Computer Vision (CV) is an interdisciplinary science that enables machines to see, identify, and process images —similar to the way human vision does, but also to provide an appropriate output: interpret, analyze, recognize, or act accordingly. CV aims to view and then to give useful results for the processed image.
“Seeing” is one of the most complicated biological processes in the human body: visual processing uses about two-thirds of the brain —involving perception on many other fronts, along with a lot of analysis. Computers must utilize several data-gathering technologies for getting the capability of sight and delivering accurate insights for smarter homes, optimized business, or safer cars.
CV started in 1950 mimicking three separate lines: the eye, the visual cortex, and the rest of the brain. Supposedly in 1966, AI pioneer Seymour Aubrey Papert asked MIT undergraduate student Gerald Sussman and his team to plug a camera into a computer and make it describe what was seeing: The Summer Vision Project began the systematic Computer Vision research.
Computer Vision might be the largest part of AI, and can be explained from:
- A scientific perspective, related to the theory behind extracting information from images.
- A technological perspective, applying models to construct Computer Vision systems.
- An engineering perspective, aiming to automate tasks that the human visual system can do by dealing with how computers are getting high-level understanding from digital images or videos.
Computer Vision includes some known sub-domains like object recognition, scene reconstruction & image restoration, video tracking, event detection & motion estimation, 3D-pose estimation, indexing, and learning. Usually, CV has these characterizations:
- Imaging: concentrating on the process of producing images, for further Processing/Analysis.
- Image Processing/Analysis: focusing on how to transform one 2D-image to another by doing pixel-manipulation: contrast enhancement, edge extractions, noise removal, or geometrical transformations. It does not require assumptions or interpretations about the image content.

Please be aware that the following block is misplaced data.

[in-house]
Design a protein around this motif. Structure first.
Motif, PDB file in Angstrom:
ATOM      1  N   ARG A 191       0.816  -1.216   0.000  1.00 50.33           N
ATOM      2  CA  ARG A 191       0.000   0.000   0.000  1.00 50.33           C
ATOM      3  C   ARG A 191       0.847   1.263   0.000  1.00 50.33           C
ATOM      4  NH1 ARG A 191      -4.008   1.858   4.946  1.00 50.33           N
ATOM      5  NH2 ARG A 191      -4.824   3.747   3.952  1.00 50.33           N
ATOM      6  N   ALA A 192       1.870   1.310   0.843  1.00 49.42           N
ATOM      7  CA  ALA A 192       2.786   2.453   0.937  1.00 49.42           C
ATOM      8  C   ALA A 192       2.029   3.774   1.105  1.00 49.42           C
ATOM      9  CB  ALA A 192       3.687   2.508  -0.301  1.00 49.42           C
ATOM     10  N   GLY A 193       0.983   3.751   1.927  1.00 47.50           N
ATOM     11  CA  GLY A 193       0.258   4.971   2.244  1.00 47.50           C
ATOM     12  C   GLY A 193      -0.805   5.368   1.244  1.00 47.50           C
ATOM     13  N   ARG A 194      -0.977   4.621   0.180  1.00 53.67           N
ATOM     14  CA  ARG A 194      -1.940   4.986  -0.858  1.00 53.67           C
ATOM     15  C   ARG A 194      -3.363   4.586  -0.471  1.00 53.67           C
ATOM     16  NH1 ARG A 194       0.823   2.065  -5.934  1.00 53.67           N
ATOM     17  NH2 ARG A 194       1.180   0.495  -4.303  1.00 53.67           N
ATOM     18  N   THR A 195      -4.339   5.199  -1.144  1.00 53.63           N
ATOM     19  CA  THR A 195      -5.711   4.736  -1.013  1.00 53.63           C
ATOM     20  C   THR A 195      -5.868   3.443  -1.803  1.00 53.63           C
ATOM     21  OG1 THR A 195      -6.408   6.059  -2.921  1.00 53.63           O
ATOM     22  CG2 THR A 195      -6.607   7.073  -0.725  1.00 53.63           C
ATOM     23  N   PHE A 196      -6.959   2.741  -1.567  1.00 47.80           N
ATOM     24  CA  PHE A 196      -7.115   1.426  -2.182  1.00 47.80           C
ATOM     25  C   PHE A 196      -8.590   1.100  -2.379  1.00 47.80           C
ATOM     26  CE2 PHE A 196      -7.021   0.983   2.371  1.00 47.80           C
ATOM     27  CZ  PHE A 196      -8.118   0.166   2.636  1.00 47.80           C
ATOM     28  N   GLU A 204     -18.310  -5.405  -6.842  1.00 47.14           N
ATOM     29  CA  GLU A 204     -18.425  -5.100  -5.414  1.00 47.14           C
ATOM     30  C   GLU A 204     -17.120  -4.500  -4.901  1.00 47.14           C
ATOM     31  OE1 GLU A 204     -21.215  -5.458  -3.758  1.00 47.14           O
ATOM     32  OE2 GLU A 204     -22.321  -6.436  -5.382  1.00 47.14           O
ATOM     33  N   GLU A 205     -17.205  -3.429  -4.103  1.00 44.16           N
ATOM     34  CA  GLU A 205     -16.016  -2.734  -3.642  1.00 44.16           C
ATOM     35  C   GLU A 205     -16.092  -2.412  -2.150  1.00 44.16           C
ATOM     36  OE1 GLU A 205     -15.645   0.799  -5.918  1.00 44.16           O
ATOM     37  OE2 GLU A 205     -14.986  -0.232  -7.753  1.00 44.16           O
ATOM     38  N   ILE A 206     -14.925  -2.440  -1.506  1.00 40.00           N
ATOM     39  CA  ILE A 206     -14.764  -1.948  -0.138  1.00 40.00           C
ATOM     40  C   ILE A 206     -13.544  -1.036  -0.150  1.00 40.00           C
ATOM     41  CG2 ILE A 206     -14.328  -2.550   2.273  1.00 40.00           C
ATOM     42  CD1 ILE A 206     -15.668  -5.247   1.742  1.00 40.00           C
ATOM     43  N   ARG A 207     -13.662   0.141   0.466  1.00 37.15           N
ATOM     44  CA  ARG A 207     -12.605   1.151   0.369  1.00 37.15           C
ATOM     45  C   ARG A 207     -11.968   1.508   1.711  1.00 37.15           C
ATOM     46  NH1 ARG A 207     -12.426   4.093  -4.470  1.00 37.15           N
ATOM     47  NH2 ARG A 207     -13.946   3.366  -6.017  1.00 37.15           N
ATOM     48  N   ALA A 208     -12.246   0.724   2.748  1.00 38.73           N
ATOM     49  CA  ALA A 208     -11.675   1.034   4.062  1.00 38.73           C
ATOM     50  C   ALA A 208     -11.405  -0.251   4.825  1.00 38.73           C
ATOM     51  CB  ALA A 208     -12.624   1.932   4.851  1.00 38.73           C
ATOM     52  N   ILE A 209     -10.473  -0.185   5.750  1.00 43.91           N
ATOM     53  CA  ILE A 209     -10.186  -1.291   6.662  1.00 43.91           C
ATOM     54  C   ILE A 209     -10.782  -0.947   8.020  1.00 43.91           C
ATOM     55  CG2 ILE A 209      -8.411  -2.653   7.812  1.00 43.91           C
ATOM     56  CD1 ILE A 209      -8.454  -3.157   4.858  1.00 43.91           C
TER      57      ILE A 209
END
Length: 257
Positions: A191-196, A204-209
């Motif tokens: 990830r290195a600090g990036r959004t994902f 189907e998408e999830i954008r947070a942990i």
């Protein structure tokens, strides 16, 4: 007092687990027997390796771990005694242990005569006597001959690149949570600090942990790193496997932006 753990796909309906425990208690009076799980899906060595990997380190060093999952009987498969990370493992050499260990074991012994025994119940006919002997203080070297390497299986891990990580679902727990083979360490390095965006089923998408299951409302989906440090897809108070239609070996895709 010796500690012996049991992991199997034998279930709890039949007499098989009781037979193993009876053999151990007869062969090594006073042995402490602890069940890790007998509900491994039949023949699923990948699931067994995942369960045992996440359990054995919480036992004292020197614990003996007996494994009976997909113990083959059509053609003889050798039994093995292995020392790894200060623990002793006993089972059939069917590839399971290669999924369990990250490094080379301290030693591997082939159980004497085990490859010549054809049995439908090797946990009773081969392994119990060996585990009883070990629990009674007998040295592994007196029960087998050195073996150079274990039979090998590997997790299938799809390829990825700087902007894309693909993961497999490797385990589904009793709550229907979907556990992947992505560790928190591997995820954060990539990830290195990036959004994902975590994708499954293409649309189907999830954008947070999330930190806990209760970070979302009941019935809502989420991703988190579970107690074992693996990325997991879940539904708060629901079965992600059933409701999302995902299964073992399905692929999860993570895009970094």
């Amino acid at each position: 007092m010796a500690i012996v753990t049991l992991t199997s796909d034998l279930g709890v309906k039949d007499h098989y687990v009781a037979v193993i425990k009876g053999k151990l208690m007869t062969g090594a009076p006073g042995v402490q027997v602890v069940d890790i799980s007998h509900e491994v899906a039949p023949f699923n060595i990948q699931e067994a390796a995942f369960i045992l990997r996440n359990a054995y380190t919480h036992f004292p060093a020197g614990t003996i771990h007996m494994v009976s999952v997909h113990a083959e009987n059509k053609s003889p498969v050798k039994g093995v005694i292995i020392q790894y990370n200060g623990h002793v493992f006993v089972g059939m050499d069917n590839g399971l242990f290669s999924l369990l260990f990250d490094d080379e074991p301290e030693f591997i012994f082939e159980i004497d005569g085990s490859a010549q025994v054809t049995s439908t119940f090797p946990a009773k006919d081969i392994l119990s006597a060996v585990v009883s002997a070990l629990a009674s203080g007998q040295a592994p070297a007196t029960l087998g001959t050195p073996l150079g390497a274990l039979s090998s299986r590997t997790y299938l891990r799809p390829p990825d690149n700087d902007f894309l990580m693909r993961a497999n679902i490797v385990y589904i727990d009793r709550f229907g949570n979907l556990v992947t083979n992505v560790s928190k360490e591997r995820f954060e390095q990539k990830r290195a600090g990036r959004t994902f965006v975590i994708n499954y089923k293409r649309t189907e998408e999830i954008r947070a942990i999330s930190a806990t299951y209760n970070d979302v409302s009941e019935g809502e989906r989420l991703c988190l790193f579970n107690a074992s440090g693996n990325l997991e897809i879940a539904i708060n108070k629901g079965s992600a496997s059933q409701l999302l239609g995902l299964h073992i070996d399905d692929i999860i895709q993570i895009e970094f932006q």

- 3D-analysis from 2D-images: inspecting the projected 3D-scene onto one or several images (like reconstructing structure or other information about the 3D-scene from one or several images). It needs some complex assumptions about the scene represented in the image.
- Pattern Recognition: using several statistical algorithms and Artificial Neural Networks to take information from signals in general.
- Machine Vision (MV): applying several methods to provide imaging-based automatic analysis, process control, and robot guidance to industrial applications. It requires an image-sensor technology and control theory integrated with an efficient real-time processing of image data, implemented within the hardware and software.
CV applications include Agriculture, Robotics, Biometrics, Gesture Analysis & Face Recognition, Character Recognition, Industrial Quality Inspection & Process Control, Geoscience, Augmented Reality (AR), Image Restoration, Medical Image Analysis & Forensics, Remote Sensing, Security & Surveillance Autonomous Vehicles & Transport, and Pollution Monitoring.
Is still not possible for CV to see objects as humans do, but considering the scale of the task, it is surprising what computers can do with what they can see. Nowadays Computer Vision is found in cameras —recognizing faces; in factory robots —monitoring problems and working around human co-workers; or in autonomous cars —watching traffic signs and checking pedestrians' safety out.